• Beat the traffic and drive at the right time. My previous workplace entailed a 14 km drive to downtown. To avoid rush-hour traffic, I started leaving home at 0800 hours and used to reach the office in 20 minutes (as opposed to 60 minutes if I left at 0900 hours). Not only did I save time, but my car also returned higher fuel economy, was able to maintain consistent speeds, had fewer gearshifts and spent lesser time idling away in bumper-to-bumper traffic. Equally, hitting the highway early in the morning usually results in lesser traffic and a more pleasurable drive (for you and your car). Keep that in mind for the holiday road-trips.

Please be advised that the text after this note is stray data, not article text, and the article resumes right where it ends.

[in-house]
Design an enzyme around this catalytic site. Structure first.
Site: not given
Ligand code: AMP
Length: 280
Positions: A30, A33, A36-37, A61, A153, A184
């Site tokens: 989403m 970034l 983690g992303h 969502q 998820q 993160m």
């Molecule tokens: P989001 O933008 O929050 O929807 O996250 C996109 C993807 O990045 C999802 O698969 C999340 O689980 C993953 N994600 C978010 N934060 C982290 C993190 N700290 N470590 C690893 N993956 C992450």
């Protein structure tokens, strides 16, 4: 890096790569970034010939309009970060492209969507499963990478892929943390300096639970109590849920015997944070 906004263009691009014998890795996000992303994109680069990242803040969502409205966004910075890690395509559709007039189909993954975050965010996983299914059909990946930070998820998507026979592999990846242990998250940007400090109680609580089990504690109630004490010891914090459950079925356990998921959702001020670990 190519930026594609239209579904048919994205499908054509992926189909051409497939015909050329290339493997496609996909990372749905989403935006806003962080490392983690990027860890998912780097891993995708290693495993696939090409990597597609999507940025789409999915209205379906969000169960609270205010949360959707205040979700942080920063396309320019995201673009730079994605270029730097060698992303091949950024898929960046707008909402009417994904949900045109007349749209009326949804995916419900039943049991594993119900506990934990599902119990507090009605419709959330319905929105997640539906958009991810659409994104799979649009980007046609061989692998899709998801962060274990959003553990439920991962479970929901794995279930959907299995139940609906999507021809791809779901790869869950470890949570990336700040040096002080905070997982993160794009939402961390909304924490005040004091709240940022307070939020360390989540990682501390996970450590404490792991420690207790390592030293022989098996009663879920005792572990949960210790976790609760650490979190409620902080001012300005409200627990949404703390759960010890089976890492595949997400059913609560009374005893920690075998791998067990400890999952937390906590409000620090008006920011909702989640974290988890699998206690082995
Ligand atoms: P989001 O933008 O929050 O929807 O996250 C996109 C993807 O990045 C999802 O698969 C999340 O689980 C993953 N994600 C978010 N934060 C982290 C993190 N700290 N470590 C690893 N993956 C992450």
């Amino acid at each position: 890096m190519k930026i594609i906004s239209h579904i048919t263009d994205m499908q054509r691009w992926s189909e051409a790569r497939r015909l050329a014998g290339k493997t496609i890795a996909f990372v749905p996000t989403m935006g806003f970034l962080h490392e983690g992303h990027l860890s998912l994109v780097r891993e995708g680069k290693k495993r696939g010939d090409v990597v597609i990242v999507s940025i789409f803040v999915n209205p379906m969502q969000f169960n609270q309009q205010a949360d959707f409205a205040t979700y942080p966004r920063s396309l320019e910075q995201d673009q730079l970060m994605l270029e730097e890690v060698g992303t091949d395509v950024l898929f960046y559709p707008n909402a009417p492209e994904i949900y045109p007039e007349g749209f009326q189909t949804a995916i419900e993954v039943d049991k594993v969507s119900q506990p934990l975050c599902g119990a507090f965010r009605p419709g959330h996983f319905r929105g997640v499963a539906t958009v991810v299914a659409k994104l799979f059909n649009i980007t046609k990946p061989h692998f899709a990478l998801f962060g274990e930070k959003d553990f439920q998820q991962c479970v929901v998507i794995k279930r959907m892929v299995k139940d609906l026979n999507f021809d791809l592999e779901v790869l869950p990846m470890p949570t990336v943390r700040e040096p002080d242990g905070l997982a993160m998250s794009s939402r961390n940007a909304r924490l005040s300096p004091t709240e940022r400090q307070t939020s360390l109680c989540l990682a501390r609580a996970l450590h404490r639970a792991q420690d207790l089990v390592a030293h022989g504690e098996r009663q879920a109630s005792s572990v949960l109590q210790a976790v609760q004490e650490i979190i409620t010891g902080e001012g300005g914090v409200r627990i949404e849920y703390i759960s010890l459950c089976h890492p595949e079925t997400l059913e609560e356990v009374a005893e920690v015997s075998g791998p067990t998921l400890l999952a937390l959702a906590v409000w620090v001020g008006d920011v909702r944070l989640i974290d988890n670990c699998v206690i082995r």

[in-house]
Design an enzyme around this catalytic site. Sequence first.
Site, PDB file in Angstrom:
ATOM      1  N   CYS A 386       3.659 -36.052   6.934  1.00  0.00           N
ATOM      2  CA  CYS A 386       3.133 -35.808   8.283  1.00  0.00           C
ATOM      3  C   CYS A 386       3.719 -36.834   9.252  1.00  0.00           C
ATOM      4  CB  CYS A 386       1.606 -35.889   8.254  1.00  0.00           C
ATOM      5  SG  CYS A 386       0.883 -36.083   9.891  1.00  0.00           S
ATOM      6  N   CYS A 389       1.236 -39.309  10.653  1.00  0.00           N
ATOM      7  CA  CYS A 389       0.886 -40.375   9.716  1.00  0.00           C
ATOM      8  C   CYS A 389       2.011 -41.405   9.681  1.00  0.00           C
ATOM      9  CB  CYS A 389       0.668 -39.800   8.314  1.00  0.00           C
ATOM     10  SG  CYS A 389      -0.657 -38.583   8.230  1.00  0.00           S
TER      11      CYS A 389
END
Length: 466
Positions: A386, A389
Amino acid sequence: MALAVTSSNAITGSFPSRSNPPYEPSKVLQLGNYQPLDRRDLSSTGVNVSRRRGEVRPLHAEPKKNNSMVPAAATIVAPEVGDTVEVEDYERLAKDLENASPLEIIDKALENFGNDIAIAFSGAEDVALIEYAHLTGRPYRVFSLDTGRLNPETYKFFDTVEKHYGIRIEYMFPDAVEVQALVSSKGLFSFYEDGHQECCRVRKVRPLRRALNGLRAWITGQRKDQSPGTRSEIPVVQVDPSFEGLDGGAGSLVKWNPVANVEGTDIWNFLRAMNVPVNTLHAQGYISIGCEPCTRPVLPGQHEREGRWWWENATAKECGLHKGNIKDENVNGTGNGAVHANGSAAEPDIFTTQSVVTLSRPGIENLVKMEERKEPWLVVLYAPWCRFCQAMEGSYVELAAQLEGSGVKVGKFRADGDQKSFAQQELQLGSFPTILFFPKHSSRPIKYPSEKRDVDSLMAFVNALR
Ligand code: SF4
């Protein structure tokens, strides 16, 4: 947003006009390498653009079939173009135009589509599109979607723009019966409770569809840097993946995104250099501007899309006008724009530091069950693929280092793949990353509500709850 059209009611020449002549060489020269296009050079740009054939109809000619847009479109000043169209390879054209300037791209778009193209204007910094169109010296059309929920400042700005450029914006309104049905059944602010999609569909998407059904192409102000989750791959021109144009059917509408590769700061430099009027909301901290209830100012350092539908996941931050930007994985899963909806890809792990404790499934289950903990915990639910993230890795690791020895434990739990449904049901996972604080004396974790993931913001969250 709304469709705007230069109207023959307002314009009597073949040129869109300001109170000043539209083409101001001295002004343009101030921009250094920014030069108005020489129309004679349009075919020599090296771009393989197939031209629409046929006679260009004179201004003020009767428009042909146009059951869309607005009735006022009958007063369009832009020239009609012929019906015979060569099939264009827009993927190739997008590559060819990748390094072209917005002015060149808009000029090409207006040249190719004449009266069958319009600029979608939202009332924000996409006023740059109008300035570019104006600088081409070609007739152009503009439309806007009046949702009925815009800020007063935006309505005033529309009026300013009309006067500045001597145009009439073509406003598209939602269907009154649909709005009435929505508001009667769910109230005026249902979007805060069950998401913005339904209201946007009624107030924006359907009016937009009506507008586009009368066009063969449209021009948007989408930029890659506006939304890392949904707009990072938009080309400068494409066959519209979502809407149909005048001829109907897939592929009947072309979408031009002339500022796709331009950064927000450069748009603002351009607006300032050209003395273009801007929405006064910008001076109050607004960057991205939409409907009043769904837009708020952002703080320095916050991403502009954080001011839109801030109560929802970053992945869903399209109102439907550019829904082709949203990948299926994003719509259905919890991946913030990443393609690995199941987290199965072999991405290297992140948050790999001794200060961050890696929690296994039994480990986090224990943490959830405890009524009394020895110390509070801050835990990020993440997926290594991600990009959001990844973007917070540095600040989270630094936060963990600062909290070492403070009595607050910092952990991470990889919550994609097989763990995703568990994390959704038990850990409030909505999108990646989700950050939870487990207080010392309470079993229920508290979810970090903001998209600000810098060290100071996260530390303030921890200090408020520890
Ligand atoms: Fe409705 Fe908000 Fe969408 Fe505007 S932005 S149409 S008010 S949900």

• If you encounter a mechanical problem that could further damage your car, don’t just drive on. Spend some time trying to diagnose the problem, or call a tow truck!

Last edited by GTO : 1st February 2013 at 16:46.
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Old 1st February 2013, 15:48   #3
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Default Re: Best Practices : Maintain your Car in Top Shape

This beautiful 16 year old Benz is wearing its original paintjob
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Minimising Abuse:

• If your destination entails very poor roads or horrible parking conditions, cab it up! This strategy works even for outstation trips. My neighbour rents an Innova for the family pilgrimage to rough rural areas, when his Mercedes S-Class could well take him there. I prefer to call a taxi for the overcrowded Dadar market. It's more convenient and I don't have to worry about parking either.